Spanish People Assemble to Prevent Removal of Falange Memorial

Reposted from http://diversitymachtfrei.blogspot.de/2016/12/spanish-people-assemble-to-prevent.html & http://www.dailystormer.com/spanish-people-assemble-to-prevent-removal-of-crucifix/

The Socialist mayor of Callosa de Segura, in Valencia, Spain planned to remove this giant crucifix, supposedly in compliance with a “Historical Memory” law that demands associated with the regime of General Franco, the patriotic hero who preserved Spain from the twin scourges of Communism and immigration. Villagers assemble and chant “The cross will not be touched!”. Eventually the workmen there to dismantle it back off and leave.
The Crucifix is known as the Cross of the Fallen, dedicated to the memory of those who died on the patriotic side in the Spanish Civil War. It bears the inscription ‘José Antonio Primo de Rivera presente’. Primo de Rivera was the founder of the Falange [Phalanx], the Spanish fascist movement that took a leading role in violently resisting the Communist takeover of Spain. He himself designed much of the Falange iconography, including adopting the Yoke and Arrows symbol of the Catholic Monarchs, Ferdinand and Isabella, who expelled the Muslims and Jews from Spain.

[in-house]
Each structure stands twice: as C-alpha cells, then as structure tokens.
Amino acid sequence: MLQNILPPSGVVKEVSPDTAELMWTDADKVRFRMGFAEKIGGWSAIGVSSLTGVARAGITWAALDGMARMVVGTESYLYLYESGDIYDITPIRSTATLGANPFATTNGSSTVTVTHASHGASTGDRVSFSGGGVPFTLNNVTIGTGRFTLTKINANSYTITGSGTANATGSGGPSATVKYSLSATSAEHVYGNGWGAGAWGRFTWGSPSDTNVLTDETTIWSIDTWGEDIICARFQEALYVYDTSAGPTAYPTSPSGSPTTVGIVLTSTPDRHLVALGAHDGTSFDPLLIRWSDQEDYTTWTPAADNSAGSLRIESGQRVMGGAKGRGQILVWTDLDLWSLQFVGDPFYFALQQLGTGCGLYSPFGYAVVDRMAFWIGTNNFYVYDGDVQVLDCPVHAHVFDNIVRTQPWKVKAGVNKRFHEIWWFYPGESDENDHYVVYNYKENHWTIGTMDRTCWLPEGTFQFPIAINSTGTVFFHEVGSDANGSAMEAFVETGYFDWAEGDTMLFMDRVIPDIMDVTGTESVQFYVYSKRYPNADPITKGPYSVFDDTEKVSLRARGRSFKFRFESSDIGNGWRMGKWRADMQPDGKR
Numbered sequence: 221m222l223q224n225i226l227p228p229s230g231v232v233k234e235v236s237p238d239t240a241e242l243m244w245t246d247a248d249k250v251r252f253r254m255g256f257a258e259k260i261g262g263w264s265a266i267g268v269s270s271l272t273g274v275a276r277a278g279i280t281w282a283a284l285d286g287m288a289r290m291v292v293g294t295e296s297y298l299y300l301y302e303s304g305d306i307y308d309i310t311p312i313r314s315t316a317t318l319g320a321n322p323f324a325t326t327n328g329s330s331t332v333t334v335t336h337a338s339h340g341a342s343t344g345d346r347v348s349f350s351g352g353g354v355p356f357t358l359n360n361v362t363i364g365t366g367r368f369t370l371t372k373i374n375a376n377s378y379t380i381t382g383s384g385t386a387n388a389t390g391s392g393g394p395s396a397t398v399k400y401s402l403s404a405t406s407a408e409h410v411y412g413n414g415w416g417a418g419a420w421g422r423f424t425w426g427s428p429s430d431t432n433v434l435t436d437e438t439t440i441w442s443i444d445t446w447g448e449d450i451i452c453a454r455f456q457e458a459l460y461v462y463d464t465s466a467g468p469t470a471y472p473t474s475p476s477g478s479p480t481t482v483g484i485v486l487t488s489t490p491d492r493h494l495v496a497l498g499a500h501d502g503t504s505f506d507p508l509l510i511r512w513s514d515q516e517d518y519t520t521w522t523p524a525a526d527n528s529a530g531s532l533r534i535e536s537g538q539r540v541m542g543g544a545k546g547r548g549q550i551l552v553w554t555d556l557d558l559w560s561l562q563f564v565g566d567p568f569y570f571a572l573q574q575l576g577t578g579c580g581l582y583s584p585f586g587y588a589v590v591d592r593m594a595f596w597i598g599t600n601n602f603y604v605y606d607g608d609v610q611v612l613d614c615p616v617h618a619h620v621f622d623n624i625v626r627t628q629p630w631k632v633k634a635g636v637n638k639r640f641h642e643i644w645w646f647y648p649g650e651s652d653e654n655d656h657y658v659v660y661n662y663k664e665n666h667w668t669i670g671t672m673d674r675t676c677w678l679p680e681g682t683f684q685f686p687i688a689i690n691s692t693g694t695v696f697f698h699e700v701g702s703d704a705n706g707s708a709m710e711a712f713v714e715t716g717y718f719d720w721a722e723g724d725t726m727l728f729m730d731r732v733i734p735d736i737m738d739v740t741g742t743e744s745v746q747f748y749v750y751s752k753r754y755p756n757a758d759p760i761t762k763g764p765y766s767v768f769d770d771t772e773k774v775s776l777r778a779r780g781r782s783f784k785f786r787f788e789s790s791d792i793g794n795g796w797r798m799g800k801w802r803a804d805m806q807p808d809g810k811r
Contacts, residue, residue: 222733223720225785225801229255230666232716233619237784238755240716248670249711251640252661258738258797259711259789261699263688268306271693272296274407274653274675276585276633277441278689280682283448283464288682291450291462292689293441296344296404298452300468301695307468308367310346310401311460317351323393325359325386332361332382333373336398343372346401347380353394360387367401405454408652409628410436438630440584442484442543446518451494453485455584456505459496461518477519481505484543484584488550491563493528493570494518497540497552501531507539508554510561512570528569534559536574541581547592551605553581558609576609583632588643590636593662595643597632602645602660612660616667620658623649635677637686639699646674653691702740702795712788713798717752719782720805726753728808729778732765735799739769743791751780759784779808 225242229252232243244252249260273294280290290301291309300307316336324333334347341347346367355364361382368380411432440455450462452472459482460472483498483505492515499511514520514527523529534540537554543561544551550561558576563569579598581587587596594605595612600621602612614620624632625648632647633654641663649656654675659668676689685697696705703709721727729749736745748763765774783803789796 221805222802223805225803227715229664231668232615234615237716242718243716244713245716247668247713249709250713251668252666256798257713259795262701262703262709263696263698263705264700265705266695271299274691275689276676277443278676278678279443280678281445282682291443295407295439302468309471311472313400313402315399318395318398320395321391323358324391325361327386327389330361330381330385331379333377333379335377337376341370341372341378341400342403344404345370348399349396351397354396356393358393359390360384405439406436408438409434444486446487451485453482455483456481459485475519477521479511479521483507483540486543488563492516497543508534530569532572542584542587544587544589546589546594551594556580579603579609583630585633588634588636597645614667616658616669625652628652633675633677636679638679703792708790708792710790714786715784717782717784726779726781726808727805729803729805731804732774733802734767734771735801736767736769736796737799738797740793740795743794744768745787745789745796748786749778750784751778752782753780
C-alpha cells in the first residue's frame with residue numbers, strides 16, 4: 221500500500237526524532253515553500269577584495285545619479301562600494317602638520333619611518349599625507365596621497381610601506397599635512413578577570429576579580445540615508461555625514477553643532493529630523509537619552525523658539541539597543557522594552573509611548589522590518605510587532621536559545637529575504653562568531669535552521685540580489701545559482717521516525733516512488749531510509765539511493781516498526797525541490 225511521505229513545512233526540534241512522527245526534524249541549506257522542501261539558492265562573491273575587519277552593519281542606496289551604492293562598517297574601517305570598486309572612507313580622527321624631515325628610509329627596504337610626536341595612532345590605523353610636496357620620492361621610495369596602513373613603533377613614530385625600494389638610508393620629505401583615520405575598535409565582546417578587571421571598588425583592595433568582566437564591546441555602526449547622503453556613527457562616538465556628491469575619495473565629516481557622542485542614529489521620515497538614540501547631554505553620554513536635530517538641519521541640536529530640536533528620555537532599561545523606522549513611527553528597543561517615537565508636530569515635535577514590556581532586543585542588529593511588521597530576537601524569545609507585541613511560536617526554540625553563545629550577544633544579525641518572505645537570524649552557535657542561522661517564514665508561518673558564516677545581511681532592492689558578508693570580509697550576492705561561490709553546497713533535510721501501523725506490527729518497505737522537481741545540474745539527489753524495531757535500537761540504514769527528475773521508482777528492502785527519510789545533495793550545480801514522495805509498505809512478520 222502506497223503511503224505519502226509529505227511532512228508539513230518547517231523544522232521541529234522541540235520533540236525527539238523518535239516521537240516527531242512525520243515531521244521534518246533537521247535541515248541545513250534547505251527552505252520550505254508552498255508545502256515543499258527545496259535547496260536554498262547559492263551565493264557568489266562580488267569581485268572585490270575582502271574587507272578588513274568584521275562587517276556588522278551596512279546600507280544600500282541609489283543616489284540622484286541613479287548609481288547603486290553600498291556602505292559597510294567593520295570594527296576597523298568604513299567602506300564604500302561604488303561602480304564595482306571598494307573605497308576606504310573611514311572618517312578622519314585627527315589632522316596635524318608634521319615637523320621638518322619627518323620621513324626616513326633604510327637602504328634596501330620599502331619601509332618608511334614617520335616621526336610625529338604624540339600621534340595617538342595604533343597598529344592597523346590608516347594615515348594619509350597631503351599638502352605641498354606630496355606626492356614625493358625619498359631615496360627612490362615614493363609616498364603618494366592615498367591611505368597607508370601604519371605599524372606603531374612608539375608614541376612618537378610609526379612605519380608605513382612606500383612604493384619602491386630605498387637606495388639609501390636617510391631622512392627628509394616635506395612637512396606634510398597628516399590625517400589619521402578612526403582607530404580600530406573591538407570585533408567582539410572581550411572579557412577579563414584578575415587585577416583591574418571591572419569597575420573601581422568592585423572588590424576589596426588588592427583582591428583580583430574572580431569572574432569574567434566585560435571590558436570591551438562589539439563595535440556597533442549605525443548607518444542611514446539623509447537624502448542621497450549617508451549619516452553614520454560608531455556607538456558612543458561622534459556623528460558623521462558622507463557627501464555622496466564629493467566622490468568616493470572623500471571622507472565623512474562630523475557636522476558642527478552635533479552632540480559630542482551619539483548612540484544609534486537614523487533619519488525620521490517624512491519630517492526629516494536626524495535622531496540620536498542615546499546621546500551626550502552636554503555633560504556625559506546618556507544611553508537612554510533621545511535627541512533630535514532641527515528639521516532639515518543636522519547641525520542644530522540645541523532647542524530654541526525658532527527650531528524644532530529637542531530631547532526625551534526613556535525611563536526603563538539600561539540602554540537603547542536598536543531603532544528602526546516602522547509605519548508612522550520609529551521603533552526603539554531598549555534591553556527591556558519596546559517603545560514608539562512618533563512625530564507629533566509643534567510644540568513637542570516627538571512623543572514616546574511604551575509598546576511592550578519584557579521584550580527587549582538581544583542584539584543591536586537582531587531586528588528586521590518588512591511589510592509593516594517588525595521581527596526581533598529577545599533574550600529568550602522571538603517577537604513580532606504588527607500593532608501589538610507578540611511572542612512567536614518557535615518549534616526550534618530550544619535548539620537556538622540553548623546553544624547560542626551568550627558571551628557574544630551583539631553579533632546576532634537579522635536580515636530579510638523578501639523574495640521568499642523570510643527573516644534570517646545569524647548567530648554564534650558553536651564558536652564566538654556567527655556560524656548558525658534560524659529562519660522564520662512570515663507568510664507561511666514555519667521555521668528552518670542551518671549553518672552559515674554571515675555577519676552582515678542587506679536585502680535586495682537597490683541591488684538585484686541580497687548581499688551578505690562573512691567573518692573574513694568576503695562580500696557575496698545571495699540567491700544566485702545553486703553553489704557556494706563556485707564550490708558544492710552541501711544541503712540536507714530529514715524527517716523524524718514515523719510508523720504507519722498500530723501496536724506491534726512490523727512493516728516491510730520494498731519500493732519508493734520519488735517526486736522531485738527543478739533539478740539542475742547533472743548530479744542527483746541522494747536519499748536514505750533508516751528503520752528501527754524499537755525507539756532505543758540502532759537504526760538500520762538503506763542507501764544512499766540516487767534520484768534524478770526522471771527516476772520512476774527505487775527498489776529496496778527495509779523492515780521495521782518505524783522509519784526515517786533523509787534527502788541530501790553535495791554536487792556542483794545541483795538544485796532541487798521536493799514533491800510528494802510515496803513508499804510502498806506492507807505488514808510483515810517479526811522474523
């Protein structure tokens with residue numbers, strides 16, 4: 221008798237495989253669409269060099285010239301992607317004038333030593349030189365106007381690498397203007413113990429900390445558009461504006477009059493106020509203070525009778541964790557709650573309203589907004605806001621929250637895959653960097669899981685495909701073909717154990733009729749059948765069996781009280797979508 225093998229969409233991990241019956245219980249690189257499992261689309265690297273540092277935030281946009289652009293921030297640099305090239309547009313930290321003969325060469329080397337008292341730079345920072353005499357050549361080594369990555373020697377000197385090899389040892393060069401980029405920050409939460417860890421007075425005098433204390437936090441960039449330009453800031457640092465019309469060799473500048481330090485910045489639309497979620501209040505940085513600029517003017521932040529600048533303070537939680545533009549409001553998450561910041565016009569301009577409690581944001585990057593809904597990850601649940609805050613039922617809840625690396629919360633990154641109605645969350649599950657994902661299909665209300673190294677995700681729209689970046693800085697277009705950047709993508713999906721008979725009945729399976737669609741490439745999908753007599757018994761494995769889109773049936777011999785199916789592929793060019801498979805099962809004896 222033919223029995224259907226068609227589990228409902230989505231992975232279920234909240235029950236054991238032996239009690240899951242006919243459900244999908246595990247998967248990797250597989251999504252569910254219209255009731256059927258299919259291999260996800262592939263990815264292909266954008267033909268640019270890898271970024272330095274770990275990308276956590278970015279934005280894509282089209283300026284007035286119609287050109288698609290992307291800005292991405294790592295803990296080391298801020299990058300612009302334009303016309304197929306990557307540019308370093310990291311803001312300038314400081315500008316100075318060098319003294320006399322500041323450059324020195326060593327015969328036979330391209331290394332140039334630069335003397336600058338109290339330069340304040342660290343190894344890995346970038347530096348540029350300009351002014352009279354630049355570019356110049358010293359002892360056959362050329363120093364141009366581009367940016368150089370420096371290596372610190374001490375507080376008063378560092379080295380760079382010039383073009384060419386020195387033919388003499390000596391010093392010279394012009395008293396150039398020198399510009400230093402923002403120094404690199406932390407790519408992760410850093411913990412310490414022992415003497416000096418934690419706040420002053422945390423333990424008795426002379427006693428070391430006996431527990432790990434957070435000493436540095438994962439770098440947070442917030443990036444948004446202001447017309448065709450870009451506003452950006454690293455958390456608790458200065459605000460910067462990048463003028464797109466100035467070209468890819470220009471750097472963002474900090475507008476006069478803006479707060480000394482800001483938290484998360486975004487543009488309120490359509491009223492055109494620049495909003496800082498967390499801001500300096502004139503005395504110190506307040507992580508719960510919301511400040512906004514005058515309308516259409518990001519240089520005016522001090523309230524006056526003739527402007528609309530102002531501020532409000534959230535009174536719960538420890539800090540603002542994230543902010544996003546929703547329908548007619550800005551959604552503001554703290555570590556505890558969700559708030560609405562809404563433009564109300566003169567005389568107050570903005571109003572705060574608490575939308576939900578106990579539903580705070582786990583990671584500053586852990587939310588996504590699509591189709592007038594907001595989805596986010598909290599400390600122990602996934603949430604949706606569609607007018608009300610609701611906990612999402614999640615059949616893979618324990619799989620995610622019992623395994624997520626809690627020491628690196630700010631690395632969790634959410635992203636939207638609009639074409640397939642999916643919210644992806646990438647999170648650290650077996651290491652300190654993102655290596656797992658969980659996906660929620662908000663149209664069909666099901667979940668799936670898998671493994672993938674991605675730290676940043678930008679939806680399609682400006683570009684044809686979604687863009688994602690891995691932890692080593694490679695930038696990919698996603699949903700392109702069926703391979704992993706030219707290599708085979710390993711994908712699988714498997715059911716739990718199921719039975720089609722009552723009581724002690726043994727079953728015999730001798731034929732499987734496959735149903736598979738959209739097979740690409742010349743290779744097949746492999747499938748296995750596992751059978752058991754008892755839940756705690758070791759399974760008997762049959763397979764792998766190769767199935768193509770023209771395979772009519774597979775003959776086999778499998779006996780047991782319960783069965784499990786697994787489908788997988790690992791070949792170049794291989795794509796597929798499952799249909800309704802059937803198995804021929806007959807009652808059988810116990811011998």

Under his leadership, the Falangists attacked Jewish-owned department stores. José Antonio Primo de Rivera was executed by the Communist side at the outset of the civil war (in Alicante, very close to where the village involved in this incident is).
The word “Presente” (Present) was a standard part of fascist ritual. The idea was of a kind of roll-call in which people would turn up to do their duty and announce “Present”. And it was also a way of commemorating the dead; their name would be read and someone else, sometimes a whole crowd, would shout “Present!”.
The Historical Memory Law was passed in 2007 by a Socialist government in Spain. Even though there has been a nominally conservative government in Spain since 2011, it has not reversed the law, although it has cut off some funding for operations related to it.
The law requires the removal of objects that glorify the memory of Franco or the patriotic side in the civil war but provides exceptions for “artistic, architectural or religious-artistic” reasons. In this case, the Socialist mayor has chosen to disregard these provisions.
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